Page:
Recently, the departure of ride-hailing services Uber and Lyft from Austin eft a flood of Austin drivers scrambling to find new work, whether freelancing or permanent gigs.
Some angry drivers even struck out against the ride-hailing companies with legal action, while others stood in long lines to join companies vying to take Uber and Lyft’s place.
Although these drivers were contract workers, the loss of their regular source of work could very much feel like a layoff.
“Losing a job is a tremendous loss. It is not only the loss of income, but it is a loss of identity. It is, in a lot of ways, similar to going through the grief process,” said Robyn Maitoza, assistant professor of human services at York College of Pennsylvania. “On one hand, people may feel lost, angry, hurt. While at times, they may feel relieved, especially if the situation at work had been stressful.”
“It can be a huge hit to someone’s self-esteem,” Maitoza said. It can also give these workers “an opportunity to reevaluate their priorities or change career directions… And going through the process is a lot like an emotional roller coaster — feelings will vary, perhaps, hour by hour as well.”
Sanjay Sathé, founder and CEO of RiseSmart, a San Jose, Calif.-based company that helps job seekers look for new opportunities, says a job loss can stir up emotions of shock, depression, anger and hostility. The key, he says, is getting to a stage of optimism and renewed energy.
During these times, resources from outplacement firms to app-based and online job applications can help workers move on to the next stage in their careers.
“Outplacement is an important way companies can support their impacted employees,” Sathé said. “It gives the employee an advantage over other job seekers and allows them to focus on the opportunities available.”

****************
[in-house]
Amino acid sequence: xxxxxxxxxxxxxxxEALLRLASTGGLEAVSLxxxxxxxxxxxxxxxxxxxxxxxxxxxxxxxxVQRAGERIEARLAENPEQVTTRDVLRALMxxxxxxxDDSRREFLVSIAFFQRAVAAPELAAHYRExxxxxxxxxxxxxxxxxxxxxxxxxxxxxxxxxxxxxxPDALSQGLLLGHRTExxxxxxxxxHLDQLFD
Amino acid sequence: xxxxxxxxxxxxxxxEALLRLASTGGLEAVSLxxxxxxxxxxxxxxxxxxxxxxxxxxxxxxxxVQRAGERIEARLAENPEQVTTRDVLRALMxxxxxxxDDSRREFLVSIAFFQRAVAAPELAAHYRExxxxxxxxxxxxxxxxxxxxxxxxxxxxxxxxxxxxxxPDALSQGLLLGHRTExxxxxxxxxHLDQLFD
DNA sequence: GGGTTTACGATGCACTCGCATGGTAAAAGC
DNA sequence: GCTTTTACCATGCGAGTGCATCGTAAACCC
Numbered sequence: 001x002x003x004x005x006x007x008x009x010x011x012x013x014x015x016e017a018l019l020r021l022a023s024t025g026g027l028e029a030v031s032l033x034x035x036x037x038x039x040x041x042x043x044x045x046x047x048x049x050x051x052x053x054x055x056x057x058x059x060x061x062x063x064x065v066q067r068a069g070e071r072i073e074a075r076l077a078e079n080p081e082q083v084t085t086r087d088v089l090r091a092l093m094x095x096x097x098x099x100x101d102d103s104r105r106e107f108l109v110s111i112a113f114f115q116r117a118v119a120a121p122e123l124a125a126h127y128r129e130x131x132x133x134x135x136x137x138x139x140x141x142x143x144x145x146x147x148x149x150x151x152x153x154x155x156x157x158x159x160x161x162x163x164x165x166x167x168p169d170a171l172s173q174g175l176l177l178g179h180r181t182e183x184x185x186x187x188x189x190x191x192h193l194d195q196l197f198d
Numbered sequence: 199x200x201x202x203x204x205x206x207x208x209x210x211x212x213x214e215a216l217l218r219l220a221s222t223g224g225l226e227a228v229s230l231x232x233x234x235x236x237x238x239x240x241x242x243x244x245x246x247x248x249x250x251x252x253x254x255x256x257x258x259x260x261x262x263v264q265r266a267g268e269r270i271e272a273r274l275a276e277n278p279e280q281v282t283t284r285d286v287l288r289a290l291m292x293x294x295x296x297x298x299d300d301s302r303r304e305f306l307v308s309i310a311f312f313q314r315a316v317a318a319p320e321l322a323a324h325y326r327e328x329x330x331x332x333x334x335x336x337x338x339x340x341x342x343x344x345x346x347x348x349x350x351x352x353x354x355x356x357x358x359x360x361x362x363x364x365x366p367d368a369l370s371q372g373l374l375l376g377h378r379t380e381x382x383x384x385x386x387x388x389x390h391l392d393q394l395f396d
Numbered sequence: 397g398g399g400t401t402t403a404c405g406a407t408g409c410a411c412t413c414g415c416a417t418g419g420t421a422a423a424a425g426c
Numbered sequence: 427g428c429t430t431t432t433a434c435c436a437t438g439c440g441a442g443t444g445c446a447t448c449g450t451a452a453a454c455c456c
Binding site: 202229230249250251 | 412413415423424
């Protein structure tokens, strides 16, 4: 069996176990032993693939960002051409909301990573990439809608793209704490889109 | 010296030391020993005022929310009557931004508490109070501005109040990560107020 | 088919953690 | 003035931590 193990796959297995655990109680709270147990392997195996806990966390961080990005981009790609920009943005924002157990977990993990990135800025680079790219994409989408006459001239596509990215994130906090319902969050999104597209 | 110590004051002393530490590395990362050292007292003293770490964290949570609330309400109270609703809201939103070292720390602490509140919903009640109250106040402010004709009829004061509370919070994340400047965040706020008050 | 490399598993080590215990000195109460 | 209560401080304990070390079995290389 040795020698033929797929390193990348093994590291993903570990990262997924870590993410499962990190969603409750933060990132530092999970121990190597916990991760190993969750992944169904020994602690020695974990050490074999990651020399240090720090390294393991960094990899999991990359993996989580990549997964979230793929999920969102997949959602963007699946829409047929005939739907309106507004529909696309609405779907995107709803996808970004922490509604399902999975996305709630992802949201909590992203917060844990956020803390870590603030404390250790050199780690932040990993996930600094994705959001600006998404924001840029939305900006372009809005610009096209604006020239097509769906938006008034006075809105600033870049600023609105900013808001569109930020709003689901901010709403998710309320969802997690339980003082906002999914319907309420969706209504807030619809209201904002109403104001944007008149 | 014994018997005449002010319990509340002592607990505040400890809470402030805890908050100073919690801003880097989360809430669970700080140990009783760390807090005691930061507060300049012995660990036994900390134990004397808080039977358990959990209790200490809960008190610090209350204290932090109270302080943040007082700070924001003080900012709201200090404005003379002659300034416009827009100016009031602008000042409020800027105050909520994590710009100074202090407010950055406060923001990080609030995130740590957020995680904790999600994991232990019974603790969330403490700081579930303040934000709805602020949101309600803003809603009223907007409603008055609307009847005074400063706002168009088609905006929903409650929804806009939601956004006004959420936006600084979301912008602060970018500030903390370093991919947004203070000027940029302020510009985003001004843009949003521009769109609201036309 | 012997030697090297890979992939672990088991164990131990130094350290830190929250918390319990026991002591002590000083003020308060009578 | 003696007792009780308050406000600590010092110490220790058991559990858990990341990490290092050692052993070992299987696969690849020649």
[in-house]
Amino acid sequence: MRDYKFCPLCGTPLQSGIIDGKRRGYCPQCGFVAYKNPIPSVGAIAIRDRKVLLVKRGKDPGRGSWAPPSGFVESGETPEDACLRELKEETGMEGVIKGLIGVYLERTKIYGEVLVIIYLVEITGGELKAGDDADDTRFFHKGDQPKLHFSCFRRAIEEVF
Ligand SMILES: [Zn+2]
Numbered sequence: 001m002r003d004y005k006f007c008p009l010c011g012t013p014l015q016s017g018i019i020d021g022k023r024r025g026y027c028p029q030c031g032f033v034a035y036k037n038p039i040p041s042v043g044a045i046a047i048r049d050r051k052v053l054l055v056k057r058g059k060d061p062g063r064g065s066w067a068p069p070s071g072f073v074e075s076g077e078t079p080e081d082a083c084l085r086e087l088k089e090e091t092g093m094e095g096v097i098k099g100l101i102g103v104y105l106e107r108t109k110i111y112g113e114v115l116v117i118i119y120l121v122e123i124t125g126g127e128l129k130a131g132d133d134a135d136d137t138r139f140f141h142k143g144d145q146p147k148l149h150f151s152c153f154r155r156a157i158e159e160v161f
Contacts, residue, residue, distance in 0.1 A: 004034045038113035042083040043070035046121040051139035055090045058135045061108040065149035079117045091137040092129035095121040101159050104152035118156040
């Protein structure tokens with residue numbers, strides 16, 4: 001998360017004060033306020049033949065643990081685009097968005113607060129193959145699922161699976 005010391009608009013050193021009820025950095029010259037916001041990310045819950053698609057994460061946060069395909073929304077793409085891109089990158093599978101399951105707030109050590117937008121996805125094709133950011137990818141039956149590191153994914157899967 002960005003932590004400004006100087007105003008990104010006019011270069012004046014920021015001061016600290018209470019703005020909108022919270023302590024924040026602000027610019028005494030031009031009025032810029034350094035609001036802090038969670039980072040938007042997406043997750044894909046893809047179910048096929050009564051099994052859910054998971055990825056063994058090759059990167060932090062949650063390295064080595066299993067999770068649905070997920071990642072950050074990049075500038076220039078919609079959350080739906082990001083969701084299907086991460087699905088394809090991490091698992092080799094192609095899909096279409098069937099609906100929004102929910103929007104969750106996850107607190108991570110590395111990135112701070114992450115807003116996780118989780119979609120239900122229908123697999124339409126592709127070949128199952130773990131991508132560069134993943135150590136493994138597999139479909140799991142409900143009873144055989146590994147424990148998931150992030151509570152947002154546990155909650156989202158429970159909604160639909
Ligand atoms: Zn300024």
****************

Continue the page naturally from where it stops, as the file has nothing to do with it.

San Francisco-based Thumbtack, which connects job seekers with work gigs such as home repair opportunities, says workers have more options today to launch their own businesses. From home remodelers to singing instructors to dog trainers, Thumbtack says it provides anyone with a skill a chance to connect with customers.
In Austin alone, 11,000 professionals have helped 80,000 Austinites complete over 100,000 projects since January 2015, the company said. During that time, Thumbtack has seen Austin’s demand skyrocket for home-related fixes and cleaning, private investigative work and life coaches, among other things.
This past week, the company hosted a launch party at South Austin networking hub Vuka complete with food and drinks and demonstrations to feature their local network of Thumbtack professionals. Masseuses, stylists, professional trainers, dog trainers, guitar teachers, interior designers, landscape artists, among others, were slated to connect with future employers.
“Austin is a great city for small business owners, just starting out or growing their business,” said Thumbtack founder and CEO Marco Zappacosta. “We believe the independent professional should be able to focus on what they do best and that Thumbtack will do the rest, any season of the year.”
The time of year can also play a role in whether job seekers find success.
While some experts say the summer months can be a challenging time to job hunt, those same experts say Austin and other U.S. cities are seeing robust hiring trends even now.
In the region’s most recent jobs report, for example, the Austin-area’s unemployment rate in April slipped below 3 percent for the first time since the dot-com boom’s heyday. A key, as reported by my colleagues Dan Zehr and Tim Eaton, was activity by local tech and other employers who boosted hiring during the month.
The metro area’s jobless rate dropped to 2.9 percent in April from 3.1 percent the prior month, according to the Texas Workforce Commission. The last time it was lower than 3 percent was in November 2000, when the rate was 2.3 percent, the commission data show.
The figures, local job experts said, signaled that the current employment situation in Austin is a clear advantage for job seekers.
“Certainly candidates are in the driver’s seat, and it is a candidates’ market, ” Melinda Alison, regional president in Austin for the global staffing firm Robert Half, told the American-Statesman last month.
So hang in there, Austin job seekers. There’s hope yet.